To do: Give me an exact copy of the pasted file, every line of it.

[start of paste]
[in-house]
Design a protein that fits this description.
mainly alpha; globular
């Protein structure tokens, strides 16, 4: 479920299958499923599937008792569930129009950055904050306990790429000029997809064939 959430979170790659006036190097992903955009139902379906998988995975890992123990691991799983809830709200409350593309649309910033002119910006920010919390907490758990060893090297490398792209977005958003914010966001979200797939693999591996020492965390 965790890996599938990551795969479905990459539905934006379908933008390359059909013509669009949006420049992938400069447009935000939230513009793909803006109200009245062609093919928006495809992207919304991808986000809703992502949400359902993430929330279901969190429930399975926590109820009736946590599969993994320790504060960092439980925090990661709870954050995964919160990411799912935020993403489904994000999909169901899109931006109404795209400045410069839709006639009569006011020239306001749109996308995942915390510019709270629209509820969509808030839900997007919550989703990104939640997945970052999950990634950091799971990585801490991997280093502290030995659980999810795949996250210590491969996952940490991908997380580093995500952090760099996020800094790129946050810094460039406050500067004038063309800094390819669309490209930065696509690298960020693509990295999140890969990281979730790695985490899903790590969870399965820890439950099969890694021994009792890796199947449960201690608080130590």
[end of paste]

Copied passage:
[in-house]
Design a protein that fits this description.
mainly alpha; globular
């Protein structure tokens, strides 16, 4: 479920299958499923599937008792569930129009950055904050306990790429000029997809064939 959430979170790659006036190097992903955009139902379906998988995975890992123990691991799983809830709200409350593309649309910033002119910006920010919390907490758990060893090297490398792209977005958003914010966001979200797939693999591996020492965390 965790890996599938990551795969479905990459539905934006379908933008390359059909013509669009949006420049992938400069447009935000939230513009793909803006109200009245062609093919928006495809992207919304991808986000809703992502949400359902993430929330279901969190429930399975926590109820009736946590599969993994320790504060960092439980925090990661709870954050995964919160990411799912935020993403489904994000999909169901899109931006109404795209400045410069839709006639009569006011020239306001749109996308995942915390510019709270629209509820969509808030839900997007919550989703990104939640997945970052999950990634950091799971990585801490991997280093502290030995659980999810795949996250210590491969996952940490991908997380580093995500952090760099996020800094790129946050810094460039406050500067004038063309800094390819669309490209930065696509690298960020693509990295999140890969990281979730790695985490899903790590969870399965820890439950099969890694021994009792890796199947449960201690608080130590």